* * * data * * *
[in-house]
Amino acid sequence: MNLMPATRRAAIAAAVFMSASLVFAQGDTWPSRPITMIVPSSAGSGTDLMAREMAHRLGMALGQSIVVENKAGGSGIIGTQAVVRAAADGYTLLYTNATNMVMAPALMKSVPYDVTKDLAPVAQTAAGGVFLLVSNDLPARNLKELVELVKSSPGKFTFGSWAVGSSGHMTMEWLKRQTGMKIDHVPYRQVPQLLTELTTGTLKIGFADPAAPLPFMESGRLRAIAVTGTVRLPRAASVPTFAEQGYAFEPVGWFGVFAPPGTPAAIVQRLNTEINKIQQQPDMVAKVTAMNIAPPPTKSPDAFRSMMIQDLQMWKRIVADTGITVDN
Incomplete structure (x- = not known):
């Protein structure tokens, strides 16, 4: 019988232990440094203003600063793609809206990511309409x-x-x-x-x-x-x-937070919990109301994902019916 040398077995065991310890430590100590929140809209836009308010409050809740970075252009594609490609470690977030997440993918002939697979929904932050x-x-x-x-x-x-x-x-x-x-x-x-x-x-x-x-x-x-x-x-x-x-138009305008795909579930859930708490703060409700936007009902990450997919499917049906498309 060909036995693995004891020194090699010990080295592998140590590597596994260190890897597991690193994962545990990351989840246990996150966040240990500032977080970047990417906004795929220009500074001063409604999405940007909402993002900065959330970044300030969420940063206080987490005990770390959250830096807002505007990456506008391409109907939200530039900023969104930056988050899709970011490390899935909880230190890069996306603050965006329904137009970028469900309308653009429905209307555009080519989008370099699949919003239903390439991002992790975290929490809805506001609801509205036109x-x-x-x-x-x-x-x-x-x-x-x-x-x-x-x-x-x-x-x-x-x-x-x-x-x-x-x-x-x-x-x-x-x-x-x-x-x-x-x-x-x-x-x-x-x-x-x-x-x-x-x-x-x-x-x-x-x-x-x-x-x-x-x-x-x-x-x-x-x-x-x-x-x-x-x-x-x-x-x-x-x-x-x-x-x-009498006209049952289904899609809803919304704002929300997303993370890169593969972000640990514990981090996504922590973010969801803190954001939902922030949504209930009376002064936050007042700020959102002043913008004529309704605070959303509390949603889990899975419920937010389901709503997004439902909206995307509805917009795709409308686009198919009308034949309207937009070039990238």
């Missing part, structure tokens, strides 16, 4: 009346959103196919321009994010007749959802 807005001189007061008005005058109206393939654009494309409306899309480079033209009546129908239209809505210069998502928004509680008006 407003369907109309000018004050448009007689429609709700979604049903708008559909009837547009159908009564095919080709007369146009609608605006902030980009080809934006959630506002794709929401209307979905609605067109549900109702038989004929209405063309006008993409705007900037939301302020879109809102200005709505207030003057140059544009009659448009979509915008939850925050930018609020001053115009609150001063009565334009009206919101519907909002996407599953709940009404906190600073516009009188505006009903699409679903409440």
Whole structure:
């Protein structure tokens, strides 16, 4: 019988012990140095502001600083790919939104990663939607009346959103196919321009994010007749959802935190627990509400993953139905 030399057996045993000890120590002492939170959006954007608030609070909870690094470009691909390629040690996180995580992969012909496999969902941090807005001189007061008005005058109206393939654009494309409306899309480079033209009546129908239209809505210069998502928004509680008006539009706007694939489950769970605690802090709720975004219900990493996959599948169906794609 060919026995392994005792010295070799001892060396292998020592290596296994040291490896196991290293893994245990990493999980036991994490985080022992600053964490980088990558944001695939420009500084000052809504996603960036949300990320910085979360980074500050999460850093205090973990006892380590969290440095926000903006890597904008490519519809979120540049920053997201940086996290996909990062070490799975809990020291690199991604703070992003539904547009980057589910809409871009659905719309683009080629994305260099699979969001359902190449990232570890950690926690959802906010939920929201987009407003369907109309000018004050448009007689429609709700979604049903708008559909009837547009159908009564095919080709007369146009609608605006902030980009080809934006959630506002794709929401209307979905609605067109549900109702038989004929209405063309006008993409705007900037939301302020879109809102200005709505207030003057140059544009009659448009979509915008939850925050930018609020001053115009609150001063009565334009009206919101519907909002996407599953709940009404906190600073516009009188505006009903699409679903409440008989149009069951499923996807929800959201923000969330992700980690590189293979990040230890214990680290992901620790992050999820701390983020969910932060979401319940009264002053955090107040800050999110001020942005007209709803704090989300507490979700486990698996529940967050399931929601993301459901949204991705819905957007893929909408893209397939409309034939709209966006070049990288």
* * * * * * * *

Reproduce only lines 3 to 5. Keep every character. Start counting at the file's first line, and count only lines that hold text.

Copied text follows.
Incomplete structure (x- = not known):
């Protein structure tokens, strides 16, 4: 019988232990440094203003600063793609809206990511309409x-x-x-x-x-x-x-937070919990109301994902019916 040398077995065991310890430590100590929140809209836009308010409050809740970075252009594609490609470690977030997440993918002939697979929904932050x-x-x-x-x-x-x-x-x-x-x-x-x-x-x-x-x-x-x-x-x-x-138009305008795909579930859930708490703060409700936007009902990450997919499917049906498309 060909036995693995004891020194090699010990080295592998140590590597596994260190890897597991690193994962545990990351989840246990996150966040240990500032977080970047990417906004795929220009500074001063409604999405940007909402993002900065959330970044300030969420940063206080987490005990770390959250830096807002505007990456506008391409109907939200530039900023969104930056988050899709970011490390899935909880230190890069996306603050965006329904137009970028469900309308653009429905209307555009080519989008370099699949919003239903390439991002992790975290929490809805506001609801509205036109x-x-x-x-x-x-x-x-x-x-x-x-x-x-x-x-x-x-x-x-x-x-x-x-x-x-x-x-x-x-x-x-x-x-x-x-x-x-x-x-x-x-x-x-x-x-x-x-x-x-x-x-x-x-x-x-x-x-x-x-x-x-x-x-x-x-x-x-x-x-x-x-x-x-x-x-x-x-x-x-x-x-x-x-x-x-009498006209049952289904899609809803919304704002929300997303993370890169593969972000640990514990981090996504922590973010969801803190954001939902922030949504209930009376002064936050007042700020959102002043913008004529309704605070959303509390949603889990899975419920937010389901709503997004439902909206995307509805917009795709409308686009198919009308034949309207937009070039990238």
């Missing part, structure tokens, strides 16, 4: 009346959103196919321009994010007749959802 807005001189007061008005005058109206393939654009494309409306899309480079033209009546129908239209809505210069998502928004509680008006 407003369907109309000018004050448009007689429609709700979604049903708008559909009837547009159908009564095919080709007369146009609608605006902030980009080809934006959630506002794709929401209307979905609605067109549900109702038989004929209405063309006008993409705007900037939301302020879109809102200005709505207030003057140059544009009659448009979509915008939850925050930018609020001053115009609150001063009565334009009206919101519907909002996407599953709940009404906190600073516009009188505006009903699409679903409440």